The web is as much their world as books were ours when we were eighteen. This is good in that they are adept at remembering how to manipulate pages, and they adjust to the awkward design of resources such as Factiva very easily. On the other hand, they tend to move too fast, and often fail to read directions. Repetition and working as a group ("Is everybody on the News Pages search? Your screen should look like this") seem to be good strategies for overcoming the urge to click on the first link they see. Repetition also helped the students wean themselves from always using Google as a starting point. As they were constantly reinforced by finding good information in library-owned resources, they developed a wider variety of research strategies.… students can best be helped at the time and place they realize that they want help.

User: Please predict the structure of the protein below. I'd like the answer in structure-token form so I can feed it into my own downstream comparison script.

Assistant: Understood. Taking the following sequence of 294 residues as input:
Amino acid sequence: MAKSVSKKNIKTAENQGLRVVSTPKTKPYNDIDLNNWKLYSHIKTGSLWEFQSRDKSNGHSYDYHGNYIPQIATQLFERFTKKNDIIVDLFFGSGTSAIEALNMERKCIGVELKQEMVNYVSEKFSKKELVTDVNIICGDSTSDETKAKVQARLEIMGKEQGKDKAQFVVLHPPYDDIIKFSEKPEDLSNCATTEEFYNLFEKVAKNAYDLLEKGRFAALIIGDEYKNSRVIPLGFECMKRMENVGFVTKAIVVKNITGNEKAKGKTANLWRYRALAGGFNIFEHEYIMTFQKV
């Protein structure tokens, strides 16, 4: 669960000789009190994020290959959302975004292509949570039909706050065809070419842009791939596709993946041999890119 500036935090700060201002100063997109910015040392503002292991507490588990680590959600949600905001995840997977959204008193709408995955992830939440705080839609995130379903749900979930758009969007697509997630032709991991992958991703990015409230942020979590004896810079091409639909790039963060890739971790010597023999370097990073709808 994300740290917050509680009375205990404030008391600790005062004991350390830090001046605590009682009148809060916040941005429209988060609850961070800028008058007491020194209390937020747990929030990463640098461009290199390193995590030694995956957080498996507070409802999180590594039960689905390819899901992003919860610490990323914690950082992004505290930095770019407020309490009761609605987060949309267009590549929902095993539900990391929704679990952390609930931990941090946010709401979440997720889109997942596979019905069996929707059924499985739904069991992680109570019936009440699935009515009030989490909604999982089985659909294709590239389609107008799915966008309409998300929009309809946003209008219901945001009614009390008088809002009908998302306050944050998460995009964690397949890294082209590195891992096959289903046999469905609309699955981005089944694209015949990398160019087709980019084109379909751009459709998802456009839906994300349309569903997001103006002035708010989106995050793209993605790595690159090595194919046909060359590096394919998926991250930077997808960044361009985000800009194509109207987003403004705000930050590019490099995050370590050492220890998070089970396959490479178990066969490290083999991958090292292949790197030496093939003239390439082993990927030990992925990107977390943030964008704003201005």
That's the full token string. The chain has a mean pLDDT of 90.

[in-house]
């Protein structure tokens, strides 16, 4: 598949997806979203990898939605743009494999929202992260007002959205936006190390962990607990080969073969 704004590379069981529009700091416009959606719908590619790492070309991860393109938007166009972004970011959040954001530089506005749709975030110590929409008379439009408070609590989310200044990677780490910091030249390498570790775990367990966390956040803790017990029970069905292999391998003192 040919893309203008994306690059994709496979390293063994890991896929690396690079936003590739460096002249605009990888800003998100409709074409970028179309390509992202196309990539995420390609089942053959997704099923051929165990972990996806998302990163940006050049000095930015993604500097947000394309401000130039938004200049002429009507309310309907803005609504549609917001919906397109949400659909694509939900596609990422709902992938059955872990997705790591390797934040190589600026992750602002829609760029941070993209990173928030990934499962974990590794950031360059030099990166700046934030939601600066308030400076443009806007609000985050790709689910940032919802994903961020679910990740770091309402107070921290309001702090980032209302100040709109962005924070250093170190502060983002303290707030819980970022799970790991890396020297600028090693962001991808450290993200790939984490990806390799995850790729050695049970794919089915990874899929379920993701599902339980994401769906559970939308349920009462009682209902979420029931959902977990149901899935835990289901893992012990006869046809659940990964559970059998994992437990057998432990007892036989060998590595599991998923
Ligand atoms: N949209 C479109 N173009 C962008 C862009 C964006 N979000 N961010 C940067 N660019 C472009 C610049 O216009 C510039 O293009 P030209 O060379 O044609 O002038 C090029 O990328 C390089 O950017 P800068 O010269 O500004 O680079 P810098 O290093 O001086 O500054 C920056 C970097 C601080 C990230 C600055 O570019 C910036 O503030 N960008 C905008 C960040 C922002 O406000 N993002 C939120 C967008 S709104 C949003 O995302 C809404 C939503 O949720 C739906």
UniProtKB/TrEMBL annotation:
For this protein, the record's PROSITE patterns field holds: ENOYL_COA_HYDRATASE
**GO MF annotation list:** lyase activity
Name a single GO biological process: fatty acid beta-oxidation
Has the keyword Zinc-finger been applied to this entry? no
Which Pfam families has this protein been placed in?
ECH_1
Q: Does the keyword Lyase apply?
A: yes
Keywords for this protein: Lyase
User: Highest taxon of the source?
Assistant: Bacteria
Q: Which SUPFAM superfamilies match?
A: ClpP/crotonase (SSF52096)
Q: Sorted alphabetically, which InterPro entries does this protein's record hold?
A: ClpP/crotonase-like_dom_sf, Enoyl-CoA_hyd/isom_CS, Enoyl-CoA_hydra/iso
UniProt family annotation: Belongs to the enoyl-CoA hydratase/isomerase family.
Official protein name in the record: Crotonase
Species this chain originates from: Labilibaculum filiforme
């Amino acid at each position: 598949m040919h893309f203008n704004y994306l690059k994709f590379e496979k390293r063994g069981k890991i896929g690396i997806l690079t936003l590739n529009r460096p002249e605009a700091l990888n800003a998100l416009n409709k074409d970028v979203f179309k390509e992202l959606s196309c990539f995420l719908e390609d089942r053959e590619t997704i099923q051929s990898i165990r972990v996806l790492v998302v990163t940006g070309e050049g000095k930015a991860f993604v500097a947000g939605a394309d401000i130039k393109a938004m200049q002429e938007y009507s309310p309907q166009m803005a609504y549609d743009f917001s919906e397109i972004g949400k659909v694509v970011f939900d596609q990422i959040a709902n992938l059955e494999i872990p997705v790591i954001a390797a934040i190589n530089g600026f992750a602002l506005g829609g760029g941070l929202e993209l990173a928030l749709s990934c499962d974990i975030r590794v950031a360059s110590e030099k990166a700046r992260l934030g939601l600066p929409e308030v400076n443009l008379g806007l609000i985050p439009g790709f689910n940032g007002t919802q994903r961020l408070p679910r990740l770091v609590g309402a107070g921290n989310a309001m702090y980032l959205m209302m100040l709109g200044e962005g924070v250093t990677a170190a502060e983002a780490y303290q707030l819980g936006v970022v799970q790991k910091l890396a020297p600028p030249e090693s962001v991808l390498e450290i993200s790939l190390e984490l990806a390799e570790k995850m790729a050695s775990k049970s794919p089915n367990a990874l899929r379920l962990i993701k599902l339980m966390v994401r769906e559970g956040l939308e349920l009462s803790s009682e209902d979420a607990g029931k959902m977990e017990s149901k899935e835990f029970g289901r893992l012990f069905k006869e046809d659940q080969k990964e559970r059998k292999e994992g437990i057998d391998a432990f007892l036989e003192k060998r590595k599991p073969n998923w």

Since current students are quite comfortable with multitasking and are used to a constant stream of communication, librarians conducting group instruction have to develop methods for preventing distractions such as instant messaging, cell phone interruptions, text messages, and web surfing. For me this means having them work along with me, moving around the lab so I can check screens, and having a graded assignment whenever it is practical and acceptable to the professor. I have been pleased to find that our students learn to conform to strictly enforced rules and that they eventually appreciate the educational value of a learning environment that is focused and orderly. By the end of the semester, our group could enjoy the process of looking for sources along with me and one of the other instructors much the way more advanced students enjoy experiential field research with a faculty member.